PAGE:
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    My grandfather was one of my heroes.  I was fortunate to have such a talented, wonderful man in my life.  He played piano professionally for many years, completely self-taught, and performed with several rather famous musicians.  But I knew nothing about his upbringing, other than the fact that his grandparents raised him.  Two pictures hung on the wall of his house, one each of his mother and father, the only pictures he possessed of either of them.  I used to stare at those pictures, trying to see a bit of myself in either of them, wondering what they might have been like.  Several years ago, I decided to utilize the internet to see what I could find out.

     

    My great-grandmother, Catherine, was born in Ontario in 1890.  Her mother was French-Canadian and a bit of Mohawk, and her father was Scottish.  Great-grandfather, Joseph, was born in Glasgow in 1895 to Irish parents, who moved to Scotland before he was born because his father worked on the railway cars.  Joseph was a porter in his early teens.  At some point, young Joseph came to Canada, around 1911.  I do not know if he set out from Glasgow alone, or traveled with relatives, or planned to stay with relatives in Canada.  I cannot find those records.  He worked as a fireman, and was a member of the Governor General’s Foot Guard.  And then he met young Catherine.  I like to think he was entranced by her beautiful eyes, which must have been green like my grandfather’s.  I ache to know how they met, how he courted her, how they were together.  They were obviously in love.  Then young Catherine discovered she was pregnant.  Her mother, a staunch Catholic, sent the beautiful young woman away to the Grey Nunnery in Montreal to have her baby. 

     

    What must young Joseph have thought?  What must young Catherine have suffered, knowing she had shamed her family so badly they felt the need to send her away?  My heart broke for her.

     

    My wonderful grandfather was born in March, 1913.  No one seems to know what happened during the next two years, but finally, in May, 1915, Joseph married the lovely Catherine, and they began their lives together with their son.  

     

    Then, World War I interfered.  Joseph was drafted by the Canadian armed forces and sent overseas to fight.  Catherine remained home to care for her young son.  In May, 1918, after a long battle with tuberculosis, Catherine succumbed.  She did not have Joseph at her side when she passed away, and no one today seems to be able to locate where she was laid to rest.  She isn’t where her paperwork claimed she would be buried.  A month after Catherine died, Joseph was involved in a horrific train fire in Normandy, and passed away.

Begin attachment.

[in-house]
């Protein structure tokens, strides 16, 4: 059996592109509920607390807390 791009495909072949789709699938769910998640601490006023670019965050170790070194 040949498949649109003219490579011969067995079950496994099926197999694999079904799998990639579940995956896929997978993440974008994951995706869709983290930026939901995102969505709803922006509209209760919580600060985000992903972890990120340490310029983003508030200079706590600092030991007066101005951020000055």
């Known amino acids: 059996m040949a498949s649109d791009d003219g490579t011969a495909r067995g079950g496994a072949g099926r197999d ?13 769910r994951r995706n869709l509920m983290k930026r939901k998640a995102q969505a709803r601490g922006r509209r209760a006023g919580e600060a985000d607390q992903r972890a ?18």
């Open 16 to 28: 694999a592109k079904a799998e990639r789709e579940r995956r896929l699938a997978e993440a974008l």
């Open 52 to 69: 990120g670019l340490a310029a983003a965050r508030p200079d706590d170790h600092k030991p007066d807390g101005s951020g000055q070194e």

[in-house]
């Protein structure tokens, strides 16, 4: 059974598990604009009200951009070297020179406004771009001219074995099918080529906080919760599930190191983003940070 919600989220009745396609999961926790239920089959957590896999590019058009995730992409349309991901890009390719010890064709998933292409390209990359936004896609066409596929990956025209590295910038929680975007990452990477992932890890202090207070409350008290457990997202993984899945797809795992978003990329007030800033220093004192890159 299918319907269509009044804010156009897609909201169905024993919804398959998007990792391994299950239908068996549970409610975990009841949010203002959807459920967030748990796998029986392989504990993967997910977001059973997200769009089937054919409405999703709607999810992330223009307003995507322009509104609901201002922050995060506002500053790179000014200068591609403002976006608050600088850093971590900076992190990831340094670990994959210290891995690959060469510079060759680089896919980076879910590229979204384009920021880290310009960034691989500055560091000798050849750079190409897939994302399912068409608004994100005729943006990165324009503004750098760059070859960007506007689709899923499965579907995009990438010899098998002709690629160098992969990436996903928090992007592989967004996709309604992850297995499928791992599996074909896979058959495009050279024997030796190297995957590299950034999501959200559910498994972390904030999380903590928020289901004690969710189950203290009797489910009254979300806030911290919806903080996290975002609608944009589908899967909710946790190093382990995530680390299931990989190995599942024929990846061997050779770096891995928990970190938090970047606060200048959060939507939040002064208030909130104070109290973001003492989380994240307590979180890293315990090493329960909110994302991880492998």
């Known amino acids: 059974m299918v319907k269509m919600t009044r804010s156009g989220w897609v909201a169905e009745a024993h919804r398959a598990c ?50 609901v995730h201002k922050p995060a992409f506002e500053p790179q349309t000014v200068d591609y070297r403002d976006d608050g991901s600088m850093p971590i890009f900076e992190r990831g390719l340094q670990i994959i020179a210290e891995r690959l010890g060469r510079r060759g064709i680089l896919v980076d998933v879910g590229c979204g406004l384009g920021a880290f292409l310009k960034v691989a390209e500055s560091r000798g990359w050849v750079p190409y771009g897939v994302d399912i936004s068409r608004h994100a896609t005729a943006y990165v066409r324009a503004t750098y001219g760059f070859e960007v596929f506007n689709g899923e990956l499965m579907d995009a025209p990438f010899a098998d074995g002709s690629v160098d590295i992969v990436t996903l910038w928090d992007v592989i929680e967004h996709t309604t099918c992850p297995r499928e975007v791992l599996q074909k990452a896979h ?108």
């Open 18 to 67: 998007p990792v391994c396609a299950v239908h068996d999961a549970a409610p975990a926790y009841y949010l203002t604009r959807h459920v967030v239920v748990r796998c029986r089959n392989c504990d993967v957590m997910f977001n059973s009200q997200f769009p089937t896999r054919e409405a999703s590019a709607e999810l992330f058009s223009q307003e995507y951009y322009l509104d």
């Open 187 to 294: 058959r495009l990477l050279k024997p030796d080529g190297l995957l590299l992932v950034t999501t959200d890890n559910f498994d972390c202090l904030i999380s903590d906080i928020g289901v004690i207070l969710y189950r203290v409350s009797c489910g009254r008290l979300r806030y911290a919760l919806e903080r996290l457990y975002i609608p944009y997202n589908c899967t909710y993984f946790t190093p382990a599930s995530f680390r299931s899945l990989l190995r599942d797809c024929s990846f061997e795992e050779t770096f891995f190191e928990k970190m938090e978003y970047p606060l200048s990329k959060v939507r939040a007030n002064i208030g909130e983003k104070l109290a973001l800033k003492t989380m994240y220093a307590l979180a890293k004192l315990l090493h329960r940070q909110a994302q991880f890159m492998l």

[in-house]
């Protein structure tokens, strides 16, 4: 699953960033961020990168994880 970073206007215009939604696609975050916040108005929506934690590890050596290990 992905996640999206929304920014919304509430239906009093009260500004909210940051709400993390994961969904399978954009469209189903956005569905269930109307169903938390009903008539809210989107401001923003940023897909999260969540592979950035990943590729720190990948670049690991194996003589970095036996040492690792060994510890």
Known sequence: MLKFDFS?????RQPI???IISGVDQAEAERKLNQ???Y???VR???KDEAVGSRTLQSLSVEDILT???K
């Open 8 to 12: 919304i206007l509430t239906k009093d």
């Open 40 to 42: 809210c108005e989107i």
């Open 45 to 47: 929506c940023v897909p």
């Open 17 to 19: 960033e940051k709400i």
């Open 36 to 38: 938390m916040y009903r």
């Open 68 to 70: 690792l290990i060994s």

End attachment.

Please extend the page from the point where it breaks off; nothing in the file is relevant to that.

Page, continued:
My grandfather was orphaned, at only five years old.

     

    My great-great-grandparents took Joseph in, and brought him to Michigan in 1920 to raise him.  My great-great-grandfather, who used to make boots for the Royal Canadian Mounted Police, now had a difficult time making ends meet as a simple cobbler.   But my grandfather, named Joseph after his father, did well in school and taught himself the piano, and learned a good work ethic at an early age.  He married a wonderful woman who had been born with no left hand, and there was nothing she couldn’t find a way to do.  Together, they were both heroes of mine.

     

    One of my favorite memories of my grandfather was one afternoon at his house, with him at the piano, and me with my flute, jamming to the songs he knew so well.  He would play a song, and I would listen and figure out the notes, then we would play it together, and then take turns improvising.  In all the times I visited my grandparents, he never once raised his voice to me, and always had a special treat for me when I visited. 

     

    I know Catherine and Joseph each suffered, and life was very hard on both of them.  They never got to raise their son together, never had the opportunity to revel in his accomplishments, or see their own grandson and granddaughter, or live to ripe old ages together.  I wish I could reach back through time and hug each of them, and thank them so very much for the wonderful gift of my grandfather, a man who gave so much of himself to so many, including his very grateful granddaughter.

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